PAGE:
Hunt for the U-2
Europe@War Series No.3
Author: Krzysztof Dabrowski
Publisher: Helion & Company
Instantly recognizable, the Lockheed U-2 has had an incredible and historic past. First flying in the 1950s, the plane proved its value in overflights over the Soviet Union, Cuba, and China throughout the late 1950s and early 1960s. Those same flights also demonstrated the rapid evolution of aviation and defense systems, as the high-flying spyplane quickly went from invincible to highly vulnerable in just a few short years. While many books have covered these covert flights of the U-2 from the viewpoint of the American side, little has been published about the response by those overflight nations.
This book in the Europe@War series aims to fill that gap with what is definitely the most thorough examination of Soviet and Chinese responses to the U-2 and other high-altitude reconnaissance aircraft. The book begins with the early U-2 overflights over the Soviet Union and the Russian response with surface to air missile systems. While the U-2 flew high, it also flew slow, and as such it was fairly easy to intercept, if the missiles and/or aircraft could reach the altitude. In 1960, that is exactly what happened with the shootdown of Francis Gary Powers' U-2 over the Soviet Union. The subsequent political fallout of that event forced changes to overflight plans, and even with the advent of the significantly faster SR-71, overflights by aircraft became a thing of the past, supplanted by satellite reconnaissance instead.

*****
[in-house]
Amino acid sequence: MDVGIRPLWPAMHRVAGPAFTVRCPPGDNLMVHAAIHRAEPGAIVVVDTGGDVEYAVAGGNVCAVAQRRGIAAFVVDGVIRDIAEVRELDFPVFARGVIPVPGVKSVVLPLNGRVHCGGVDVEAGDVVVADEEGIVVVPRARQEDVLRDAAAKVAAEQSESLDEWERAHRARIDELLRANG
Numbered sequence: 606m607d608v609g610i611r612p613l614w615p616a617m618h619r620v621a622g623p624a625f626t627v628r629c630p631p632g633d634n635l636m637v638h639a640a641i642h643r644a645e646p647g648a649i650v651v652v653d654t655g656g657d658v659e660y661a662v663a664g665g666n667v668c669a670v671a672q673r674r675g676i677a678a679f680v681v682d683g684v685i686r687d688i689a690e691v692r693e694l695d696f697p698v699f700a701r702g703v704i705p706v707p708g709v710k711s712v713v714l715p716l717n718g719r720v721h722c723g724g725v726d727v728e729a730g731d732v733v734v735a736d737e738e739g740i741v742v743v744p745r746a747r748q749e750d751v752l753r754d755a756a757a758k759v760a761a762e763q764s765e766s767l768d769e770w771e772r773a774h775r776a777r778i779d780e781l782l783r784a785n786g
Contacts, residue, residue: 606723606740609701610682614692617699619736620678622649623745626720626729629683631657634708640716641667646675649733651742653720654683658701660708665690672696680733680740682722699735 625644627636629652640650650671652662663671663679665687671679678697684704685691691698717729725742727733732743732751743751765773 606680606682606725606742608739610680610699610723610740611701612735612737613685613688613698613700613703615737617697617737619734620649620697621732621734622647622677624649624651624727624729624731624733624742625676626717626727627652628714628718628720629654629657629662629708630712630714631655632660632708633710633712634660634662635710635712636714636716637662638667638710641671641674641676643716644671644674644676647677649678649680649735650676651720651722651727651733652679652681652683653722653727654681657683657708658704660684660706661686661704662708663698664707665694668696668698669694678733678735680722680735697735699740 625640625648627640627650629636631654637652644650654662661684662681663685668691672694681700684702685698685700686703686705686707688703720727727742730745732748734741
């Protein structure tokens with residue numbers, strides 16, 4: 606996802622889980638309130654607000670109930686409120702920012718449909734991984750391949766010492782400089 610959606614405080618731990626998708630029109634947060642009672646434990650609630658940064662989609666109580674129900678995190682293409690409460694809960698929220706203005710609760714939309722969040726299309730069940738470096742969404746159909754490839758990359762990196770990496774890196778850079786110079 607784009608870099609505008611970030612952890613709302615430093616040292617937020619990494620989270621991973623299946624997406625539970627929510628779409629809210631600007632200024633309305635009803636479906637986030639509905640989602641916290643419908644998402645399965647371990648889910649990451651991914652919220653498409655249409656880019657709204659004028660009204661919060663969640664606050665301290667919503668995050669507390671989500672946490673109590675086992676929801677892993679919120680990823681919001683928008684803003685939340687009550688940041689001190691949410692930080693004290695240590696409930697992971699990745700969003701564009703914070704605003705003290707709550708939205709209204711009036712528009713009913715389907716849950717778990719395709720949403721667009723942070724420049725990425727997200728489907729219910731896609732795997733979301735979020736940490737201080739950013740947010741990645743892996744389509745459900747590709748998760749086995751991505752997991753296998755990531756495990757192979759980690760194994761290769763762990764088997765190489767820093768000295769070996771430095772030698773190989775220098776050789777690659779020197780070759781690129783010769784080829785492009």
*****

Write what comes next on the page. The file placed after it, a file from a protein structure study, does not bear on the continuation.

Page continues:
The U-2 wasn't done, though, as its next area of use came much closer to home, in the skies over the Caribbean during the Cuban crisis. Occurring after Powers' shootdown, the vulnerability of the U-2 was already known, and further threats arose with the advent of the MiG-21, a fighter capable of intercepting the plane at altitude. With one U-2 shot down over Cuba, reconnaissance flights soon switched to supersonic low-level aircraft such as the Navy's RF-8 Crusader and the Air Force's RF-101 Voodoo.
The final theater of overflights for the U-2 was mainland China, and this saw the first foreign operation of the aircraft. Taiwanese pilots flew the U-2 on many missions over China, where initially the only response available was surface to air missiles. They were successful in late 1962, shooting down one U-2 operating over Nanchang. Over the first half of the 1960s, a single SAM commander was responsible for shooting down four high-altitude Taiwanese spyplanes, three of which were U-2s.
This book does an excellent job of telling the other side of this well-known story, that rapid scramble to find some kind of solution to that particular thorn known as the U-2. Throughout the book are plenty of photographs showing the various systems and aircraft used by both sides, as well as the resultant reconnaissance photos gathered and maps of the areas covered. A handful of color profile illustrations help show the differences between the U-2 and its closest rival the RB-57, as well as the evolution of Soviet interceptors, including the MiG-19, Su-9, and MiG-21. The research is excellent, the text well written and engaging, and the photos & illustrations offer the perfect balance to the story being told. I highly recommend picking this book up if you are at all interested in Cold War aviation history. My thanks to Casemate for the review copy.